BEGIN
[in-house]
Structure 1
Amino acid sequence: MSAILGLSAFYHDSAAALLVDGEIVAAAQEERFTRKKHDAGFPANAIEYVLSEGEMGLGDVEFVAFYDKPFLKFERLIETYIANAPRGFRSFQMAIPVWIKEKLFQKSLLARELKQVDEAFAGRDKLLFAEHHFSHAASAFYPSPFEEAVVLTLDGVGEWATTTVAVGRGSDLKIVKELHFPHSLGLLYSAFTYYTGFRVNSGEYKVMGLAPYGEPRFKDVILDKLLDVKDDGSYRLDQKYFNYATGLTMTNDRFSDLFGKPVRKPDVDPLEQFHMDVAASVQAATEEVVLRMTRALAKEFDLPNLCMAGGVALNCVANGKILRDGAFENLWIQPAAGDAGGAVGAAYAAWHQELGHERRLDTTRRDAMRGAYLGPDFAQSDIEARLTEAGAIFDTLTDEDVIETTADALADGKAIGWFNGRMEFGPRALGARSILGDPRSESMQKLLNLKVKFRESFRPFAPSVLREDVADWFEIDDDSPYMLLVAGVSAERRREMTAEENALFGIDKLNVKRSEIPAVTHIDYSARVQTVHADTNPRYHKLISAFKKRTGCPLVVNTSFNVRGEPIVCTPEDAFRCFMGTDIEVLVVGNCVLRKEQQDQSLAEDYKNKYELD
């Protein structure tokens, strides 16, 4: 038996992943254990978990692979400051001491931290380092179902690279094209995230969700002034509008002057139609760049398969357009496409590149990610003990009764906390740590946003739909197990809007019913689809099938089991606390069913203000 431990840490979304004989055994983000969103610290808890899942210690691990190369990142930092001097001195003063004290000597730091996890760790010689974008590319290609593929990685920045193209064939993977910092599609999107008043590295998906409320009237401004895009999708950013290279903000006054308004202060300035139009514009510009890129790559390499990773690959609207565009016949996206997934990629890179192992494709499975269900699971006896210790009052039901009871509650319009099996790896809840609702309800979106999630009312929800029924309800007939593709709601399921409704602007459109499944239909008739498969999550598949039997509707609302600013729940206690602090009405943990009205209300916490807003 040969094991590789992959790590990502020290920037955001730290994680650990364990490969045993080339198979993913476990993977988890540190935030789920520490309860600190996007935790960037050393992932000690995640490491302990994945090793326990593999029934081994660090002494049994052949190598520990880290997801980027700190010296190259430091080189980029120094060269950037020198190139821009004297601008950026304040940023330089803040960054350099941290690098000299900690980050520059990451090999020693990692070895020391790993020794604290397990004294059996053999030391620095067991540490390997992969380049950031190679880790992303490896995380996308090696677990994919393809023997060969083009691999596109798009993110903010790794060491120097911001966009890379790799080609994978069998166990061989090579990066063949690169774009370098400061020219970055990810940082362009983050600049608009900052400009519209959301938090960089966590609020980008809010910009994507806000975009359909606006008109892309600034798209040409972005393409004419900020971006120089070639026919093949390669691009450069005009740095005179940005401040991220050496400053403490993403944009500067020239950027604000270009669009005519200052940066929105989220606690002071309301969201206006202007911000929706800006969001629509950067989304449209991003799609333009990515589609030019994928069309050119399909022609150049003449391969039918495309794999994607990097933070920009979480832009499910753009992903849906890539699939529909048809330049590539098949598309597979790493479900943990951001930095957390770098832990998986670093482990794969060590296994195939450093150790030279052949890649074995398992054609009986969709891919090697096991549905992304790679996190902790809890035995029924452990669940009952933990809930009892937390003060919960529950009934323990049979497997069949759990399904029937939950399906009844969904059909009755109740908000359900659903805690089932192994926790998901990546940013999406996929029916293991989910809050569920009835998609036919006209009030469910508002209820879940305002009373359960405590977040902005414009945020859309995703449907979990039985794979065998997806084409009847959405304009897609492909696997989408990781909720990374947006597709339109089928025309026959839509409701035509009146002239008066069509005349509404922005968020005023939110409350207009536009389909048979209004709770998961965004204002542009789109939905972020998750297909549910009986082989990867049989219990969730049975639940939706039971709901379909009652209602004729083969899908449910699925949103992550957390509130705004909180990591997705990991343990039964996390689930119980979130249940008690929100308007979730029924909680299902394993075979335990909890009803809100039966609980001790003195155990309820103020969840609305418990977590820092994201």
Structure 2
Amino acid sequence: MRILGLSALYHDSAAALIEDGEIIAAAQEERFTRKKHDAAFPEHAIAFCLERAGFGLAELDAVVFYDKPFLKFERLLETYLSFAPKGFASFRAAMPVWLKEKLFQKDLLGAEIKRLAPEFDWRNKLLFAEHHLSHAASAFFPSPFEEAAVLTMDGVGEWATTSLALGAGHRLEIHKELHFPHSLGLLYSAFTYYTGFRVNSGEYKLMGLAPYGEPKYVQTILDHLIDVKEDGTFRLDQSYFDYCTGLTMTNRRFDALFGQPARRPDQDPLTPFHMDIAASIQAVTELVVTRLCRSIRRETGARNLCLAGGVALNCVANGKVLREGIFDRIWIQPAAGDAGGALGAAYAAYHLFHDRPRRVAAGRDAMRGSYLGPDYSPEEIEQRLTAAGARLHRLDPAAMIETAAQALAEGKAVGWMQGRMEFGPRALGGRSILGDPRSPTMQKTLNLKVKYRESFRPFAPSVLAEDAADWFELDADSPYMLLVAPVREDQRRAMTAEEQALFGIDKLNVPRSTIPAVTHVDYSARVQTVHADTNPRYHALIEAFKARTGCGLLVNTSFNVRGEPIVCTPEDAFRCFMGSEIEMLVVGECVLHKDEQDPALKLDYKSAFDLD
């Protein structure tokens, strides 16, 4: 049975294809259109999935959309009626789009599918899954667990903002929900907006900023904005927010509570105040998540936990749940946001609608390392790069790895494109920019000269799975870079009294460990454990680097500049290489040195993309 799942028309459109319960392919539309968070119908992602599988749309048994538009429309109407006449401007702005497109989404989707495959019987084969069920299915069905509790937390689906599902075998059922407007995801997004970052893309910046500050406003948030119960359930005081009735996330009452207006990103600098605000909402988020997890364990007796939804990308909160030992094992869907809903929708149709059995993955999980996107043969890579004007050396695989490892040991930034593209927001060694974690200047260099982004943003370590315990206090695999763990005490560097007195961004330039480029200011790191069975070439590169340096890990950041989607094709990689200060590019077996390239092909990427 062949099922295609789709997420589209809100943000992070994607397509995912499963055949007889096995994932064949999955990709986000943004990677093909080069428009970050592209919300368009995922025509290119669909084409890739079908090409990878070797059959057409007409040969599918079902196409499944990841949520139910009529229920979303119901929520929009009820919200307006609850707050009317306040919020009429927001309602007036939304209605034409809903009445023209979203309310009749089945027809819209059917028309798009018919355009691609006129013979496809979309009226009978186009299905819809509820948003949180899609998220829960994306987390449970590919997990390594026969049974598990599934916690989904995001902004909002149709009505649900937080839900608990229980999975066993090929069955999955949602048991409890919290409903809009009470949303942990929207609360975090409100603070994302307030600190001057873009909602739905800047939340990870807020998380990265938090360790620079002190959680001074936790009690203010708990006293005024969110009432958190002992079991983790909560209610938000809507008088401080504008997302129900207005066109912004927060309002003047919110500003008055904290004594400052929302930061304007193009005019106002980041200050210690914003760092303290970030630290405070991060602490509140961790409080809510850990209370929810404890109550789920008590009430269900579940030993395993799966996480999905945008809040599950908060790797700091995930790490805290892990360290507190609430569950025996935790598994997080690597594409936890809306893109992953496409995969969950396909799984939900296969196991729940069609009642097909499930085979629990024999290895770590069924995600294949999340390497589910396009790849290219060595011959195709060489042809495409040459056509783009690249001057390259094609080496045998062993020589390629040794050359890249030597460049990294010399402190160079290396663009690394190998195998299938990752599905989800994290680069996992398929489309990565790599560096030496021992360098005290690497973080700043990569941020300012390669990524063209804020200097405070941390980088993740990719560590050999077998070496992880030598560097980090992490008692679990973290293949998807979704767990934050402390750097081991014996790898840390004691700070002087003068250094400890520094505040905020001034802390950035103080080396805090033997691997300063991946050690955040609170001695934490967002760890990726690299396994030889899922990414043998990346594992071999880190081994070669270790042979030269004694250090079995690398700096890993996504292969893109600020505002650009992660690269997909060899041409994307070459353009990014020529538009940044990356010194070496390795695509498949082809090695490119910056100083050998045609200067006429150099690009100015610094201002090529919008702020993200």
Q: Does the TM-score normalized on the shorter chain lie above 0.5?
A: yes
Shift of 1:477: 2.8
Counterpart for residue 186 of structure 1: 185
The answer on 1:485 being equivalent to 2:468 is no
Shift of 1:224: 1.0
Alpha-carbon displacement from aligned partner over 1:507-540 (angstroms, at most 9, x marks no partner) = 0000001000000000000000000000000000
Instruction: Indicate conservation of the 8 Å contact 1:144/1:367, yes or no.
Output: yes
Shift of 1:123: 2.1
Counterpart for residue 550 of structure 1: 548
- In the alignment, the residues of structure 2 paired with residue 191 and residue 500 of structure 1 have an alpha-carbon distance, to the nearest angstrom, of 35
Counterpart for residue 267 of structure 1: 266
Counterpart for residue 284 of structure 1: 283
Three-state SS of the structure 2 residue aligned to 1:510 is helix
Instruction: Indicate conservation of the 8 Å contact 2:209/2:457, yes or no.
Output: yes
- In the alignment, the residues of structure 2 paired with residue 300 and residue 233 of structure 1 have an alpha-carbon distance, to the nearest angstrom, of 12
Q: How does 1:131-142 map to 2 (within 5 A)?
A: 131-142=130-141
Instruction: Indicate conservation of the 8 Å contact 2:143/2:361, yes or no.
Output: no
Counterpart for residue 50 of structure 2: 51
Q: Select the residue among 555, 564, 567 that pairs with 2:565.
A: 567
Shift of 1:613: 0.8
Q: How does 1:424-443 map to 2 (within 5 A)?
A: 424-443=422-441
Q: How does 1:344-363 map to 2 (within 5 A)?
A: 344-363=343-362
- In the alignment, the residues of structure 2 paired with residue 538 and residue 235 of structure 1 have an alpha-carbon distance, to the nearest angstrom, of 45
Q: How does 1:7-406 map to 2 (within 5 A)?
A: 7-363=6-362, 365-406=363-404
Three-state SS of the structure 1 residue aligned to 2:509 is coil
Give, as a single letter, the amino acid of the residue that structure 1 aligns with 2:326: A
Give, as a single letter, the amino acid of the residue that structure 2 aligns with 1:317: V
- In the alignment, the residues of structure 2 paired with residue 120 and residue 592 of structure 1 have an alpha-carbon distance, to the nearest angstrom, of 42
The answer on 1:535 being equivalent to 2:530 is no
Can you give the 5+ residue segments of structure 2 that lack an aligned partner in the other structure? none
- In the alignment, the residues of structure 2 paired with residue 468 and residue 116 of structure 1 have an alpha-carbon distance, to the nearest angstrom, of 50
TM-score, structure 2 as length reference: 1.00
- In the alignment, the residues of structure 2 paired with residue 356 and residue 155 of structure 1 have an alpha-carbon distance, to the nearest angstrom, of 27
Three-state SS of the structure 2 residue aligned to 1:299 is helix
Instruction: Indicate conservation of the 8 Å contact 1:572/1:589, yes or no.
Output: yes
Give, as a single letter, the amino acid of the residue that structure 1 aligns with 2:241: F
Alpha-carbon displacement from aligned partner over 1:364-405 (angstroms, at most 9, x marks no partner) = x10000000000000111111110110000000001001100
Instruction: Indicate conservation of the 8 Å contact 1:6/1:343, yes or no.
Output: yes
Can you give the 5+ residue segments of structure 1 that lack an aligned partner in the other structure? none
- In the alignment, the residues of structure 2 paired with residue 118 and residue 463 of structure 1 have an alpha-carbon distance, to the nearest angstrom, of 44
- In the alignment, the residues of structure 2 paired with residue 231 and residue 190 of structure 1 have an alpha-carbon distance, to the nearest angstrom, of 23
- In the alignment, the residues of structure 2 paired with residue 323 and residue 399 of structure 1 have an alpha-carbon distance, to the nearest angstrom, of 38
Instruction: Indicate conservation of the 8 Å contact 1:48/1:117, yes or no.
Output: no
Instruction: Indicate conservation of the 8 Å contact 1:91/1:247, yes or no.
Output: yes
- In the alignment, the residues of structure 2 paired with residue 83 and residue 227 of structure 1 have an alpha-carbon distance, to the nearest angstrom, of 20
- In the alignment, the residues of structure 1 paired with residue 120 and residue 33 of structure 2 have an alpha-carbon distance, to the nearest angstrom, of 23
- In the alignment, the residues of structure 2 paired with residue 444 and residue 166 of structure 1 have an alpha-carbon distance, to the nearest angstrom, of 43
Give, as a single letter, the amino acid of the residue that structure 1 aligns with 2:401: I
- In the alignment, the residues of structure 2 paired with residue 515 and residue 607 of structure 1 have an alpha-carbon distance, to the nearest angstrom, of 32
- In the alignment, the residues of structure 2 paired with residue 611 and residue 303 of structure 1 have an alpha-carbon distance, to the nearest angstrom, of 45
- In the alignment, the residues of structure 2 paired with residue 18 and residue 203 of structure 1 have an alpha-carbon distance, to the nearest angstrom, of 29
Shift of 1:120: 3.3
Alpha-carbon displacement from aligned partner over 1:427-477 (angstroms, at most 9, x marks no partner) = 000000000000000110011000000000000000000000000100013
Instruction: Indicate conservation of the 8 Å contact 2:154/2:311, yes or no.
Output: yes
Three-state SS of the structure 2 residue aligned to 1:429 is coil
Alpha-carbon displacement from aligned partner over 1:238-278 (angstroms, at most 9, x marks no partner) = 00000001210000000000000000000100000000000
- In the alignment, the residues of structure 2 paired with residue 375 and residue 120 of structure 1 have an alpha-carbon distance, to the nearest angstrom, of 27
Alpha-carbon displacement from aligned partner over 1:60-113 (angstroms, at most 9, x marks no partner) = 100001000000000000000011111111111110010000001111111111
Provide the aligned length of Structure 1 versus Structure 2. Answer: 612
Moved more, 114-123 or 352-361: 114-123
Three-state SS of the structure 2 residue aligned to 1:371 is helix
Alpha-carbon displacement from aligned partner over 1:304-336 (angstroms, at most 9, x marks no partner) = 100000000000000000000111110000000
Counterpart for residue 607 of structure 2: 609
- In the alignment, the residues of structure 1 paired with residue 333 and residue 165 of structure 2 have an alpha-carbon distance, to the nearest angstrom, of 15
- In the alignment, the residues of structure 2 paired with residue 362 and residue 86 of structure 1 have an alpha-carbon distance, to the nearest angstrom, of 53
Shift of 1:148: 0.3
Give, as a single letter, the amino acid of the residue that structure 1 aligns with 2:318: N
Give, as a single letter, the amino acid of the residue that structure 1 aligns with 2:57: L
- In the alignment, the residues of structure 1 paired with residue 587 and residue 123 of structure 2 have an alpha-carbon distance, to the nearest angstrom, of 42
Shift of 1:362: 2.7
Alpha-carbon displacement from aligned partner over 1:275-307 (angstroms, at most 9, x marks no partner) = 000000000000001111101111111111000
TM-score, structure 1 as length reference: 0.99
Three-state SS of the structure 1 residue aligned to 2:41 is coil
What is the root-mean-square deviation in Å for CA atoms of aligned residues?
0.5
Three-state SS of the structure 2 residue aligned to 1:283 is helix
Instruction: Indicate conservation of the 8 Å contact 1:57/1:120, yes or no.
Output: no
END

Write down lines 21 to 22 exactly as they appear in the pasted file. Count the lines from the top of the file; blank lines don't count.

Counterpart for residue 284 of structure 1: 283
Three-state SS of the structure 2 residue aligned to 1:510 is helix